In the operation of the transport refrigeration system according to the first embodiment of the invention, it will be assumed that the set point of the host unit 14 is below the heat lock-out temperature. This will be the normal situation, as the host unit 14 will normally be controlling the temperature of a frozen load to a predetermined temperature below 0 degrees F.
When the thermostat 92 of the remote unit 24 calls for a cooling mode, the heat relay 1K will drop out, contacts 1K-2 will close, the remote liquid line solenoid valve B will open to allow liquid refrigerant from the host unit 14 to enter the remote evaporator coil 74, the remote suction line valve C will energize and thus open to allow suction gas to be returned to the accumulator 54 by the host compressor 28, and the heat lock out relay 3K will pick up to lock out all heat modes, i.e., both low speed and high speed heat, in the host unit 14. In addition, valves A and D will be deenergized and thus closed and open, respectively. Depending on how far the actual compartment temperature is above the set point, the cooling mode may be high speed cool, or low speed cool, and the remote cooling process will not be interfered with by the host unit going into a heating mode, as all heat modes have been locked out by the heat lock-out relay 3K, i.e., the pilot solenoid PS cannot be energized to switch the three-way valve 32 to the heat position. Thus, the host unit 14 will remain in a cooling mode all the time the remote unit 24 is in a cooling mode. Once the temperature needs of the remote unit 24 are satisfied, the suction and liquid line solenoids B and C will drop out, returning the remote unit to a null mode in which both the remote liquid line 80 and the remote hot gas line 82 are closed by valves B and A, respectively. The host unit 14 will now be able to control to its temperature set point by cycling between low speed cool and low speed heat. The fact that the host unit cannot provide heat while the remote unit is in cool is not significant, since the host unit will normally be controlling a frozen load.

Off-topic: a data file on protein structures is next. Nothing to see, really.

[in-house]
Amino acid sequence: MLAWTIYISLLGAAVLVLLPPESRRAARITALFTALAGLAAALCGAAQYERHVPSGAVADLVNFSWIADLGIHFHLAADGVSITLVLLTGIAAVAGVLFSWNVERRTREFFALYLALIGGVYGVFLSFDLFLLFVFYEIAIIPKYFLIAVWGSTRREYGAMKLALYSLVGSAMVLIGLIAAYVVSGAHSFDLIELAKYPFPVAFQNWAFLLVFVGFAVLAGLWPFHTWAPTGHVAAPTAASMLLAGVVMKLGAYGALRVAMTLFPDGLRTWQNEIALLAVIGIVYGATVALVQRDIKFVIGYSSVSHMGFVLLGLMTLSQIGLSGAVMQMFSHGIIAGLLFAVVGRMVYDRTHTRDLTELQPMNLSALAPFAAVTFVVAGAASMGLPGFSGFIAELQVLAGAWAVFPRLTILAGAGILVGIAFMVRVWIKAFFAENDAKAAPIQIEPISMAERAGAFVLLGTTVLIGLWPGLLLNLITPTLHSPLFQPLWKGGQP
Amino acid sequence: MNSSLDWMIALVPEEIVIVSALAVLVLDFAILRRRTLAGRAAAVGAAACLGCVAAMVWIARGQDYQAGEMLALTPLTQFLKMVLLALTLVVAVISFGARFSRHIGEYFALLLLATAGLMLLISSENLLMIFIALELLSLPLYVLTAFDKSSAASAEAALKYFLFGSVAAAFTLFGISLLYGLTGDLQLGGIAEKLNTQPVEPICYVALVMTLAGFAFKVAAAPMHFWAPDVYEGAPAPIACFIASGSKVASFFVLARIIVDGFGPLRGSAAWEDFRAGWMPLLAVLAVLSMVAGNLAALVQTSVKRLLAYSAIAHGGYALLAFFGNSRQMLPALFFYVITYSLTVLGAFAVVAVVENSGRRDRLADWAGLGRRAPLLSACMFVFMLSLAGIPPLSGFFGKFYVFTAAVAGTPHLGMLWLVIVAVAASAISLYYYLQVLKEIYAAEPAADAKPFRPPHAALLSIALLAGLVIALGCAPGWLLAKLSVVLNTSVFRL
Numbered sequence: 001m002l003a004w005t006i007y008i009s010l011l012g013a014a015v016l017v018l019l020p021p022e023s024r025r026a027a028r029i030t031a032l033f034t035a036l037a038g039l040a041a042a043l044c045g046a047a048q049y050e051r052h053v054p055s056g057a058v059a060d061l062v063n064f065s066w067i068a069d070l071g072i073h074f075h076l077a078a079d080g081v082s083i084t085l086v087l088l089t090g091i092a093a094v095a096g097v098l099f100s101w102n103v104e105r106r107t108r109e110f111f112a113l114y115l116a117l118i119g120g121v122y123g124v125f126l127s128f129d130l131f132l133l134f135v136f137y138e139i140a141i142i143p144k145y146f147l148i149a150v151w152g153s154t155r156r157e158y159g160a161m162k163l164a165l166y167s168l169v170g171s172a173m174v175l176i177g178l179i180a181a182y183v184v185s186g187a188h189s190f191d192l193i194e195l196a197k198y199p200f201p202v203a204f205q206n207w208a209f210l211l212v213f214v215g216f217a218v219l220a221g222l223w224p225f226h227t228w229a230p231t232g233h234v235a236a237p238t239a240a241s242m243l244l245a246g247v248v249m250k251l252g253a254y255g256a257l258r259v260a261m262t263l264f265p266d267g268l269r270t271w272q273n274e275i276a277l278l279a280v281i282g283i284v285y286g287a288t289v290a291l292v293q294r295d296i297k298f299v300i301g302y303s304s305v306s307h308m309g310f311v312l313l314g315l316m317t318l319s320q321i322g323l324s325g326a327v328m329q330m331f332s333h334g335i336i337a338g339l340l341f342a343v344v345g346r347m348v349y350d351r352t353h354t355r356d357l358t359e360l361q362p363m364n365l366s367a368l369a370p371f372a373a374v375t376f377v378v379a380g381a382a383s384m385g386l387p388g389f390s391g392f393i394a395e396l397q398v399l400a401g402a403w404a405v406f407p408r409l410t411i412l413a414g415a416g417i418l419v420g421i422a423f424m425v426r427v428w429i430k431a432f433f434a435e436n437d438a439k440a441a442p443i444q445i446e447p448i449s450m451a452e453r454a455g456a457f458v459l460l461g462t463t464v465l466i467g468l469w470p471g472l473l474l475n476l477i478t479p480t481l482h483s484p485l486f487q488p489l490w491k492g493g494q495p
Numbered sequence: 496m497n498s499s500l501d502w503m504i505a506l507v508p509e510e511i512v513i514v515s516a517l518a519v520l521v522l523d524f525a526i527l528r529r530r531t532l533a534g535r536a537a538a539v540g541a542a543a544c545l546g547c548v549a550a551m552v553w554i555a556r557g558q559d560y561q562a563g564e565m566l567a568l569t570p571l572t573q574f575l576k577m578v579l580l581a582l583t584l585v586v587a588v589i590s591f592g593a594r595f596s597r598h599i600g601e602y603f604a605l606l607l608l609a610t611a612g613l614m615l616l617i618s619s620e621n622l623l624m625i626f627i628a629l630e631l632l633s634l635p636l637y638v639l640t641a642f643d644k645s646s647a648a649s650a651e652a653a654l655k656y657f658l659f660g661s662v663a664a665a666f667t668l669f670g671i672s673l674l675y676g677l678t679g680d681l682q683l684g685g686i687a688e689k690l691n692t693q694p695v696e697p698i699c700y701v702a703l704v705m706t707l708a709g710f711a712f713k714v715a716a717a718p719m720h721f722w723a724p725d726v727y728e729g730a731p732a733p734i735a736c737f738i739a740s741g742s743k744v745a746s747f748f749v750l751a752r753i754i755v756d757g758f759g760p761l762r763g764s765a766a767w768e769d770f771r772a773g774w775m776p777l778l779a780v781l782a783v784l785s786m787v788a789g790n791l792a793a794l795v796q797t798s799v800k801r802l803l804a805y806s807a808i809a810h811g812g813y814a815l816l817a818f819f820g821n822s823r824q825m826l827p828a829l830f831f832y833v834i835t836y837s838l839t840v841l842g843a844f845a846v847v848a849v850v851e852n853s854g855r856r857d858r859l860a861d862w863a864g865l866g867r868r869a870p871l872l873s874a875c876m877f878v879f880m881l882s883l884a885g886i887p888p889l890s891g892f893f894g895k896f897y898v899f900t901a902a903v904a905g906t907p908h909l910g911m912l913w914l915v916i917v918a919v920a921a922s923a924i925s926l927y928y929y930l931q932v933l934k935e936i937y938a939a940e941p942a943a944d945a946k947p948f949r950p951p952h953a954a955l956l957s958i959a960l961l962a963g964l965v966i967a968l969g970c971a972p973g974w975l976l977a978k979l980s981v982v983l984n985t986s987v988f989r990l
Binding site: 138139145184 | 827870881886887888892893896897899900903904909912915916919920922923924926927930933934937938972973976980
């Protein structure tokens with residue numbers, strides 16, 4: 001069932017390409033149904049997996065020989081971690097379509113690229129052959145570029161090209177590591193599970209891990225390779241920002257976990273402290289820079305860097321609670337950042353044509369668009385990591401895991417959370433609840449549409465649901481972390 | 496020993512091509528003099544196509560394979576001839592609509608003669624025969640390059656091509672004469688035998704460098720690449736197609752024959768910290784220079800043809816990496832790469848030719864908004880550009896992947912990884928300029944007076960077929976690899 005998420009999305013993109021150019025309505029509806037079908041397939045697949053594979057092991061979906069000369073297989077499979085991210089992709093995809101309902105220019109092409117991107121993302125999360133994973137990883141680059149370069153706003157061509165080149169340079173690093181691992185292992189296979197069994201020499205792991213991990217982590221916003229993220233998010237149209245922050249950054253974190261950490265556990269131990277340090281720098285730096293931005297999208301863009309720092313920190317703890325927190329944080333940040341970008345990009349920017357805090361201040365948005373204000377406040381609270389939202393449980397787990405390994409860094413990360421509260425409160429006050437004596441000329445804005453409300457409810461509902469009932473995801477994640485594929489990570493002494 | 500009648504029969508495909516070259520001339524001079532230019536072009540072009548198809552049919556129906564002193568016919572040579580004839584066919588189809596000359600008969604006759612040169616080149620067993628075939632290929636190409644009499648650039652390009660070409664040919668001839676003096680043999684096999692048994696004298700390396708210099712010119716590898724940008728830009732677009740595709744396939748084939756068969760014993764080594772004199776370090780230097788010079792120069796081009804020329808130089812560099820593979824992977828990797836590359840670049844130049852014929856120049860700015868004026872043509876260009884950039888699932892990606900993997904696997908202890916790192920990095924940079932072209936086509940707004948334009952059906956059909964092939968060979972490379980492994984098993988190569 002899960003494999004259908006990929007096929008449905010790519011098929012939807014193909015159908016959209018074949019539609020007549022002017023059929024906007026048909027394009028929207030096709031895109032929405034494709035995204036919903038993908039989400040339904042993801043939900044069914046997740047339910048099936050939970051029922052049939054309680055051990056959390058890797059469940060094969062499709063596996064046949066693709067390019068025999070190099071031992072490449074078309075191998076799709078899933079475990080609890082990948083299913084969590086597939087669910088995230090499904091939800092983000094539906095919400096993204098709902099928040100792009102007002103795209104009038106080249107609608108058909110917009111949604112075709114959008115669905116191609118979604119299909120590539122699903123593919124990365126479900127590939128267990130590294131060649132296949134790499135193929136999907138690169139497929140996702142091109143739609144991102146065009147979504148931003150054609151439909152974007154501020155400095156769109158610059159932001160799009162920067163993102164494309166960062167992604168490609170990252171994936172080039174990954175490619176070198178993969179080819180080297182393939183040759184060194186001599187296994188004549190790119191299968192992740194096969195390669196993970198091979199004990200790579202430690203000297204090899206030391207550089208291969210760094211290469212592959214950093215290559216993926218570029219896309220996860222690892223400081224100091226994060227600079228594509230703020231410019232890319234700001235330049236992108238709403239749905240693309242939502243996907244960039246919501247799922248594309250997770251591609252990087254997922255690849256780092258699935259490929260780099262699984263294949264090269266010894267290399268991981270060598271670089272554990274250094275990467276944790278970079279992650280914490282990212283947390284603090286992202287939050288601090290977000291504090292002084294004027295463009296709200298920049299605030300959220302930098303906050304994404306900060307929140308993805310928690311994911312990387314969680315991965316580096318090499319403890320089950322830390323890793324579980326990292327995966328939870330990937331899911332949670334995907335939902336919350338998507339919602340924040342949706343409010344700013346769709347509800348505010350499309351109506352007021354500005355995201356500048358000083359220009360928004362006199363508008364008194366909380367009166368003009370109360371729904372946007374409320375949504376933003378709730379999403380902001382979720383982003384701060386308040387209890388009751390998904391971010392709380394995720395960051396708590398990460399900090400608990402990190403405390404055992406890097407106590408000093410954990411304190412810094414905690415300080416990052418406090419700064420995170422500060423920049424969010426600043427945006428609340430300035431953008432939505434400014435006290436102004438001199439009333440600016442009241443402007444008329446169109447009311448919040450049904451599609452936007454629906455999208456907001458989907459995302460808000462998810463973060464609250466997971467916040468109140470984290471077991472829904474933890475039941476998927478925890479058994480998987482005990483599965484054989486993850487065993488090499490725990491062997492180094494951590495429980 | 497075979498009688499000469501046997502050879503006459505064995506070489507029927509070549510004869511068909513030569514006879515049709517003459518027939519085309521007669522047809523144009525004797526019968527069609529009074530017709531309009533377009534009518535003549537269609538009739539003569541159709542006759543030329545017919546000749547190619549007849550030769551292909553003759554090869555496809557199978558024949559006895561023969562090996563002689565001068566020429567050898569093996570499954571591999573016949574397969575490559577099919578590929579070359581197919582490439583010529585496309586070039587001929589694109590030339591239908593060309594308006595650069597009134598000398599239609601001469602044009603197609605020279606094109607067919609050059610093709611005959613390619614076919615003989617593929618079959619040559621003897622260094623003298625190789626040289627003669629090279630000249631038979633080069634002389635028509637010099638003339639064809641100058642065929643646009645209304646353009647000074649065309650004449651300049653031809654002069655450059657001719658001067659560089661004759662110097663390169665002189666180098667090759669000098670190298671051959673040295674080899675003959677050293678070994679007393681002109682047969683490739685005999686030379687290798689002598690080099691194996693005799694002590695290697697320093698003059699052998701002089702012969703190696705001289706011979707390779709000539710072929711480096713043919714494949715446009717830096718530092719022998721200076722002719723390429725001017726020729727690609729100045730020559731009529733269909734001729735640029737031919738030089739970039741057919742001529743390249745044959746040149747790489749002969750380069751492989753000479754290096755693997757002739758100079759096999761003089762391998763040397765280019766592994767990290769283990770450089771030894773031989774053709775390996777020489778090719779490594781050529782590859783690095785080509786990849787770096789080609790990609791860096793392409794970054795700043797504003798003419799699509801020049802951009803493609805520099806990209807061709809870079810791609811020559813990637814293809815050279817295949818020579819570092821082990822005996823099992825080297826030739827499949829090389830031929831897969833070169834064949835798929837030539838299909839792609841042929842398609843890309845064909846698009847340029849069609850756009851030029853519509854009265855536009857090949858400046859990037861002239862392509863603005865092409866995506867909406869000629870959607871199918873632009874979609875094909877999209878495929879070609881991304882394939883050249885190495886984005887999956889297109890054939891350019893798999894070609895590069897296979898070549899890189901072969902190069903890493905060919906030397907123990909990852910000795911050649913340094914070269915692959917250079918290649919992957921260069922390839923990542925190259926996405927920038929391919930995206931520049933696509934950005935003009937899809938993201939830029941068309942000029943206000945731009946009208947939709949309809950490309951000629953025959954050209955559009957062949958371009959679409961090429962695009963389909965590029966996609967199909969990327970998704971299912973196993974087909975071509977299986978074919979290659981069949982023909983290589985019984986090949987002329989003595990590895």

When the thermostat 92 of the remote unit 24 calls for heat, the heat relay 1K and the speed relay 2K will both be energized as shown in FIG. 5, which relays energize the normally closed remote hot gas solenoid valve A and the normally open condenser inlet solenoid valve D. Solenoid valves B and C will both be deenergized and thus closed. The heating mode of the remote unit will thus be highly effective whenever the host unit 14 is in a cooling mode, as all of the hot, high pressure discharge gas from the compressor 28 will be forced to flow to the remote evaporator unit 24. The circuit will include the host hot gas line 36, the remote hot gas line 82, the evaporator coil 74, and since valves C and D are both closed, the check valve CV2 will be open and the check valve CV1 will be closed, directing the output of the remote suction line 84 directly into the receiver tank 40. This arrangement not only prevents short circuiting the receiver, but it also increases the pressure in the receiver tank to force more liquid out of the receiver and increase the supply of refrigerant available for the remote heating mode. The heating mode of the remote unit 24 is thus highly effective, as all of the hot compressor discharge gas is directed to the remote unit 24, and more refrigerant is forced from the receiver into the active heating cycle. Defrost of the remote unit 24 will be the same as the heating mode, except the remote unit's evaporator fans will be turned off.
The invention may be fine tuned to the needs of any specific situation by selective use of the heat lockout relay 3K, and/or adding condenser shutters to the host unit 14. The system is independent of the refrigerant used, but R-502 will enhance the heating capabilities of the remote unit 24.